Q. I know for a fact that my friend is sexting her boyfriend. I told my mom, and she was shocked. She said she didn’t believe it because my friend is only 12 and I just turned 13 and I shouldn’t tell tales. I only told her because I’m afraid my friend will get in trouble. I know she sent him a picture of her top body without clothes on. I’m hurt that my mom acted like that. I feel like I shouldn’t tell her anything again so I’m asking you to put this in your column and if you think that it’s possible that someone my age is actually sexting, you could answer “yes, it’s possible,” and maybe my mom would listen to me and maybe I’d give her another chance. –13-year-old female

Mary Jo’s response: Yes, it’s possible. Please give your mom another chance. I’m always thrilled when someone your age can talk with a parent about sexting and relationships and the weird stuff teens hear on the bus and at school.

If you’re a parent some day, you will have insight – a better awareness – of what it feels like to watch your child grow up. It’s so strange. In my heart, my adult children are still “my babies.” Your mom looks at you and sees the little girl she’s been raising since your birth. Twelve and 13 are very young ages. It would be a lot easier if adult problems weren’t happening to young people your age. Sadly, they are. I want you to give your mom another chance for two reasons: She can really help you as you grow into adulthood, and she needs you as much as you need her. Talk with her. Tell her if you are hurt by her reactions. I’m honored that you came to me, but I think the first thing you need to do is share your feelings with your mom. Don’t hide from her. Tell her how much you want her to be there for you.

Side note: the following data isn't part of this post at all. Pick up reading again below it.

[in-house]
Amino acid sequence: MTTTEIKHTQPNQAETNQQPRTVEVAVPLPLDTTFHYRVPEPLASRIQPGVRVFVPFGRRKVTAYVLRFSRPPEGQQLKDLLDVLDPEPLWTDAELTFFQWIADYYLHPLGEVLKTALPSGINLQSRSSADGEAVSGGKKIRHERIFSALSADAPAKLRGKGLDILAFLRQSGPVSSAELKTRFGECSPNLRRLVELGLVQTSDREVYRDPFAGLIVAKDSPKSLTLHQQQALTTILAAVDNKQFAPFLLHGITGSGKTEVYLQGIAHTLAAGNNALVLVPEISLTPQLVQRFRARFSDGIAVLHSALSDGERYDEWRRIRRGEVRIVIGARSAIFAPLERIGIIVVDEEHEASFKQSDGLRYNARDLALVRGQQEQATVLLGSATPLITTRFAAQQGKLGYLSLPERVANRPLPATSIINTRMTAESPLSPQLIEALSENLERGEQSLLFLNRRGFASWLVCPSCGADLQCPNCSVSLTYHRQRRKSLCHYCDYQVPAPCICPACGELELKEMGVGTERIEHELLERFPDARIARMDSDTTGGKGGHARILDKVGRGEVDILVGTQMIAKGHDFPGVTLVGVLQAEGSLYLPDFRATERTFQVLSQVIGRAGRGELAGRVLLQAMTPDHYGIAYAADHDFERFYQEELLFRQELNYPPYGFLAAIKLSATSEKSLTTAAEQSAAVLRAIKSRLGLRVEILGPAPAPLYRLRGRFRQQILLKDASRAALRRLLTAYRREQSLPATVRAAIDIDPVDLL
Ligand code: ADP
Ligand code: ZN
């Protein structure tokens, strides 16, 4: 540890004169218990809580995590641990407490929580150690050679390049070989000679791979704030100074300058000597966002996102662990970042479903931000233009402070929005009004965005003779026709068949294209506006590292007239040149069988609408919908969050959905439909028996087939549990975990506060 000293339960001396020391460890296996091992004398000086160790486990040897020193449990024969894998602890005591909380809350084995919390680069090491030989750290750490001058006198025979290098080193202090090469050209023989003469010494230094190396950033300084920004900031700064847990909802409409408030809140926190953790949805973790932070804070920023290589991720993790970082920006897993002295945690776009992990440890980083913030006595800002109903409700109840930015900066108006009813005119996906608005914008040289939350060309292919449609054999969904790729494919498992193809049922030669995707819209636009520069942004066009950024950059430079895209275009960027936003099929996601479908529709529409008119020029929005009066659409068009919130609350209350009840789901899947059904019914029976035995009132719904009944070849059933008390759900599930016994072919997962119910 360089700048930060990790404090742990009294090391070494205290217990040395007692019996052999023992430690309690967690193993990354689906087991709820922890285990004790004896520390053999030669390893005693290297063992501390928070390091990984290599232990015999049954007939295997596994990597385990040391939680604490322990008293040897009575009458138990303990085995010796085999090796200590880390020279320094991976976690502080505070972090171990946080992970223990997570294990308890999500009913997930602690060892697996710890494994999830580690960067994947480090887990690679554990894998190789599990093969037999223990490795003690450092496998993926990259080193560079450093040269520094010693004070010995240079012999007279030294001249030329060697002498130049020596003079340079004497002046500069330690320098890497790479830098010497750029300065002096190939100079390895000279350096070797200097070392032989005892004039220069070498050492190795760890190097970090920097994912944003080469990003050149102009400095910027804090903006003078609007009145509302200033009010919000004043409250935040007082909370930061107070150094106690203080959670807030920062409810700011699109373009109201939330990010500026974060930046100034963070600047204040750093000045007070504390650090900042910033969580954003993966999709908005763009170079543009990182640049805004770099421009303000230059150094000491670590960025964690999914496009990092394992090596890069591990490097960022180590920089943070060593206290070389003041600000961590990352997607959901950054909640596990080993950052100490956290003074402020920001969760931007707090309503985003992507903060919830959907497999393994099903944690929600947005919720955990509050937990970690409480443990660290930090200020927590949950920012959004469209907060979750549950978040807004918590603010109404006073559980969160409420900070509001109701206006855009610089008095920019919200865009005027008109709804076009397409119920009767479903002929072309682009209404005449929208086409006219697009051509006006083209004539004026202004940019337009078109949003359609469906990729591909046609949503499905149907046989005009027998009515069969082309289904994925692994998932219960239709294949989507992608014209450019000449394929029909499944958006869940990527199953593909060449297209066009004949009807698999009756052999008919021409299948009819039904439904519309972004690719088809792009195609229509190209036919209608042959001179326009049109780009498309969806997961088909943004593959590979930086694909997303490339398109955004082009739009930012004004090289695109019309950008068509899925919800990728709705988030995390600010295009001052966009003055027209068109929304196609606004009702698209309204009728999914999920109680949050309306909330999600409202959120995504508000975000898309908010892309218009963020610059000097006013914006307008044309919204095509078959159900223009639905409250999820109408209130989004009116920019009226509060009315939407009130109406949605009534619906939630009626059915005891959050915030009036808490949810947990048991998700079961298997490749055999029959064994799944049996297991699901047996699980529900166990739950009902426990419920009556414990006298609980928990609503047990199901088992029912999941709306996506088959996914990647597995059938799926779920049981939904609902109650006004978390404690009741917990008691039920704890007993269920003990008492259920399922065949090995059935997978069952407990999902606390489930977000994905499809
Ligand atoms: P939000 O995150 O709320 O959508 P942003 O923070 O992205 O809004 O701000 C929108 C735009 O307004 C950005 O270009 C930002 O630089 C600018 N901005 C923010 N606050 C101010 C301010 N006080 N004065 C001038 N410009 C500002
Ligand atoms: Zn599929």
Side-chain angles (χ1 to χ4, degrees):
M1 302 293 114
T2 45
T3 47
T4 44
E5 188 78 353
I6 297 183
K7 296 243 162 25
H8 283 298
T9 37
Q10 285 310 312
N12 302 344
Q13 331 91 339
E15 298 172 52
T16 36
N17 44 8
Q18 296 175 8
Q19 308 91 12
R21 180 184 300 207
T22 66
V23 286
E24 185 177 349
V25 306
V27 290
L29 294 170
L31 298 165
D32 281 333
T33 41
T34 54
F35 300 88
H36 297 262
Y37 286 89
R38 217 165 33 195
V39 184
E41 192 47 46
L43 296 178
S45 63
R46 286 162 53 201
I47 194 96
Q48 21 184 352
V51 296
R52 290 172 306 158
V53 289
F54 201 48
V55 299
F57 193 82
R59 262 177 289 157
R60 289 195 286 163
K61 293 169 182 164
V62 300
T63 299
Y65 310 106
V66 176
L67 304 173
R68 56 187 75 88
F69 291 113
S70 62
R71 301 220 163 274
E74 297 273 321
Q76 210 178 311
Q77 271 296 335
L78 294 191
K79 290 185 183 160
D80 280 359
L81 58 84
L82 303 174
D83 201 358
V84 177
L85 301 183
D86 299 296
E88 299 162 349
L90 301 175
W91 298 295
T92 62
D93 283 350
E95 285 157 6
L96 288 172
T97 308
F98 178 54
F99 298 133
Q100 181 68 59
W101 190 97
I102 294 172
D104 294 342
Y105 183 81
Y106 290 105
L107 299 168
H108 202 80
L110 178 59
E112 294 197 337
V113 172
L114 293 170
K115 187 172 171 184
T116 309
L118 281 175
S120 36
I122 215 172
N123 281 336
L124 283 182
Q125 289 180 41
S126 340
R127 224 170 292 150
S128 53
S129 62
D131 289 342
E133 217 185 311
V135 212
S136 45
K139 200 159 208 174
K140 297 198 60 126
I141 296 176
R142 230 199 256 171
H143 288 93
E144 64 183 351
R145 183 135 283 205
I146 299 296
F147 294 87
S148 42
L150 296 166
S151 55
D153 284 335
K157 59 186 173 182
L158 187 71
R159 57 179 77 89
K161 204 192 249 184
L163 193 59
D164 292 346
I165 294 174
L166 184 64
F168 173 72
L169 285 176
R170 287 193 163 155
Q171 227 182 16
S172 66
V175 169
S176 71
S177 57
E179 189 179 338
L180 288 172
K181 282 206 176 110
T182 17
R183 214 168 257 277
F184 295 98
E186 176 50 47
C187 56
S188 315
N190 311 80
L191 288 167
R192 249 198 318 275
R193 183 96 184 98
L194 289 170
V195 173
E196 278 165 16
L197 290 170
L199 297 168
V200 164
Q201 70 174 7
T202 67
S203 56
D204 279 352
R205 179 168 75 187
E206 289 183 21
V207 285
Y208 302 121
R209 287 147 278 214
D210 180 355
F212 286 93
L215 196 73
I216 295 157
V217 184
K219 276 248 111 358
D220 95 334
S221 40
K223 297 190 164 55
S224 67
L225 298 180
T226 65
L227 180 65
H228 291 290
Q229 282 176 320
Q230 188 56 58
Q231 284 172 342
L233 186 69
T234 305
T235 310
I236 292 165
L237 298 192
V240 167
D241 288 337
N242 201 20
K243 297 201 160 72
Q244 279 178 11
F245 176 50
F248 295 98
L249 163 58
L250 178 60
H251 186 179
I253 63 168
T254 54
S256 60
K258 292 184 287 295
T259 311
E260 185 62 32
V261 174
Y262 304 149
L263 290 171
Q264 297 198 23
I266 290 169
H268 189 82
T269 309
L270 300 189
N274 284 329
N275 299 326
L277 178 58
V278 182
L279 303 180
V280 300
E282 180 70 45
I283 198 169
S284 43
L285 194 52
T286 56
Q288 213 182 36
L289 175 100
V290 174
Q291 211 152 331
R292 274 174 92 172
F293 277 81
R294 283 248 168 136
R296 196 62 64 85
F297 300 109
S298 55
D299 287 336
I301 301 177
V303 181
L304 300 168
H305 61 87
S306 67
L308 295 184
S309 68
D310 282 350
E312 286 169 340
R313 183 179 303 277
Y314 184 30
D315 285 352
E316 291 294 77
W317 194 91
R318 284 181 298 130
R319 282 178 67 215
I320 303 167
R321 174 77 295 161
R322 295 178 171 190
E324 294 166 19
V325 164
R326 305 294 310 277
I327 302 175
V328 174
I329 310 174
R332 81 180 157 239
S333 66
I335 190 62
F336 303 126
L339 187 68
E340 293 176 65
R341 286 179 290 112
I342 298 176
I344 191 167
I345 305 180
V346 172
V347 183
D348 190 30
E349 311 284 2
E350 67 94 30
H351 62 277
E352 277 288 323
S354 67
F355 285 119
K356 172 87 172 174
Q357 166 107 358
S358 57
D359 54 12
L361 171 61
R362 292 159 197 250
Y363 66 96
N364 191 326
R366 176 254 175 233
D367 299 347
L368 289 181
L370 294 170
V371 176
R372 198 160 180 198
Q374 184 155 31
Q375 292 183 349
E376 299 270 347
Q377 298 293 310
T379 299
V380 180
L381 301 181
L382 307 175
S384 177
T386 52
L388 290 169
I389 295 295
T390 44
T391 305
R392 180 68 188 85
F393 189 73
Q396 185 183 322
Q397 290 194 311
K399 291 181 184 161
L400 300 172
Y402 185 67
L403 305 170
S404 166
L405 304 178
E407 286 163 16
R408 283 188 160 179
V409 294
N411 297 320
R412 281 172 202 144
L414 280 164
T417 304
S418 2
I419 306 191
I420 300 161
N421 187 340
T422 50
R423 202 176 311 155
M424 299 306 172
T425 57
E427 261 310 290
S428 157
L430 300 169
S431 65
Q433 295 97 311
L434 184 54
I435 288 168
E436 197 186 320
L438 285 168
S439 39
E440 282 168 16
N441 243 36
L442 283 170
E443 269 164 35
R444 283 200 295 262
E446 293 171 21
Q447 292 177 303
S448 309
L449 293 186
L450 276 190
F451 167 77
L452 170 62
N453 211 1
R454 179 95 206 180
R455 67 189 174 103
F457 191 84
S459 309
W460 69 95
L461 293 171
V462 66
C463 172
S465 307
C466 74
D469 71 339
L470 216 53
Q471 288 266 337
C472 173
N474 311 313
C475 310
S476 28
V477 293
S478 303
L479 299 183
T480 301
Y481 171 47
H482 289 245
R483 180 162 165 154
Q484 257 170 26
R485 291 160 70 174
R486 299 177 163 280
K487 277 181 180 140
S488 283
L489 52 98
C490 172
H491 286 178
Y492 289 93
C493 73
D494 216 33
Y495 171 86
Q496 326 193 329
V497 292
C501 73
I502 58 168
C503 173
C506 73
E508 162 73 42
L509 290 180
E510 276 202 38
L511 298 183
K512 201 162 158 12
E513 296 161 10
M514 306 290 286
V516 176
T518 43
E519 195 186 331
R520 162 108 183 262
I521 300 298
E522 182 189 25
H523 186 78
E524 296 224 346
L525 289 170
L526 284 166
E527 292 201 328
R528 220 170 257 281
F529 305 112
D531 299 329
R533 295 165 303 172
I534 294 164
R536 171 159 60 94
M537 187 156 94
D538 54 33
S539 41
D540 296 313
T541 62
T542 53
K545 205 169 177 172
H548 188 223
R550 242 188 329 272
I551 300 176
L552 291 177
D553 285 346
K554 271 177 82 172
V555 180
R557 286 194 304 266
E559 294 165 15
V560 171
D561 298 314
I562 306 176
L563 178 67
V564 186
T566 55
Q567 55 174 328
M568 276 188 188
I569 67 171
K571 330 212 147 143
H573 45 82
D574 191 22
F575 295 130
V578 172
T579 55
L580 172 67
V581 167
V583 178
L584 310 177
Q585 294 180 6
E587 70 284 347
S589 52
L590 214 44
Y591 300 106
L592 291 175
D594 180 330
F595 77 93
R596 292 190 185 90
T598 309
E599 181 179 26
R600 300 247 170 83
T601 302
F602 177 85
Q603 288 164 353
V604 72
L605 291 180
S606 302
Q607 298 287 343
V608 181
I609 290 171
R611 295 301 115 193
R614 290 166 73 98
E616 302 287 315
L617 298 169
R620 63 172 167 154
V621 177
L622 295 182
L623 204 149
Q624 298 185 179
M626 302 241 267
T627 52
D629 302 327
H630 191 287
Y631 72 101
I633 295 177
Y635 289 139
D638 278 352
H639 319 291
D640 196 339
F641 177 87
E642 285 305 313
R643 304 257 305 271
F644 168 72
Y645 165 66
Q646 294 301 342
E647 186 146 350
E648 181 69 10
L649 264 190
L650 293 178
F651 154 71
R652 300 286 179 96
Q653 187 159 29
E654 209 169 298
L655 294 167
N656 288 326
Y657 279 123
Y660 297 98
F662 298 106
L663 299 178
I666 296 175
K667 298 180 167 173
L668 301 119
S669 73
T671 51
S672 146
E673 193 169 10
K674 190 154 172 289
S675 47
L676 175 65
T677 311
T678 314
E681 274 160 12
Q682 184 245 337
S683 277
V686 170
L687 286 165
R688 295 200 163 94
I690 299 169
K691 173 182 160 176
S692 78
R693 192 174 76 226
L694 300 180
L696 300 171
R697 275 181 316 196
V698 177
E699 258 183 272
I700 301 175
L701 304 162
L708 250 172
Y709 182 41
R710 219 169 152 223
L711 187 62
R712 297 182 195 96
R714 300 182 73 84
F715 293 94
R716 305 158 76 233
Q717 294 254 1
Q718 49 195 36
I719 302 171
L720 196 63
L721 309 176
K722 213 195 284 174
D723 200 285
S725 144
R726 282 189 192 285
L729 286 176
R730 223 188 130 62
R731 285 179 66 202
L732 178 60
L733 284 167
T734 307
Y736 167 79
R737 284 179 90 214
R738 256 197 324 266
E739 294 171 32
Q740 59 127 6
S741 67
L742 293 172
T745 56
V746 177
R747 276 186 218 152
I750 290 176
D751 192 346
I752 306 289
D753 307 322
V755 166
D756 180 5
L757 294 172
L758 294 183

Let’s check out some facts. A number of research studies look at how often young people sext. The National Campaign to Prevent Teen and Unplanned Pregnancy study is most commonly quoted. Their data states that 20 percent of teens overall, 22 percent of teen girls, 18 percent of teen boys and 11 percent of young teen girls (ages 13 to 16) have sent nude or semi-nude pictures electronically or have posted them online. If the study is limited to posting sexually suggestive messages, the numbers are higher: 39 percent of all teens, 37 percent of teen girls and 40 percent of teen boys. A full 48 percent of teens say they have received such messages.

Very few studies exist with data taken only from very young teens. I located a study of 300 girls that reinforced the National Campaign’s statistics and stated girls first receive sexting messages at age 10 but don’t typically send them until age 12. The study said that girls engage in these activities for four main reasons: 82 percent say it’s to get attention; 66 percent say it’s to be “cool”; 59 percent do it because they want to imitate the “popular” girls; and 55 percent say they did it to find a boyfriend.

I’m proud of you for talking with your mom. I’m proud of you for doing the right thing. Keep it up!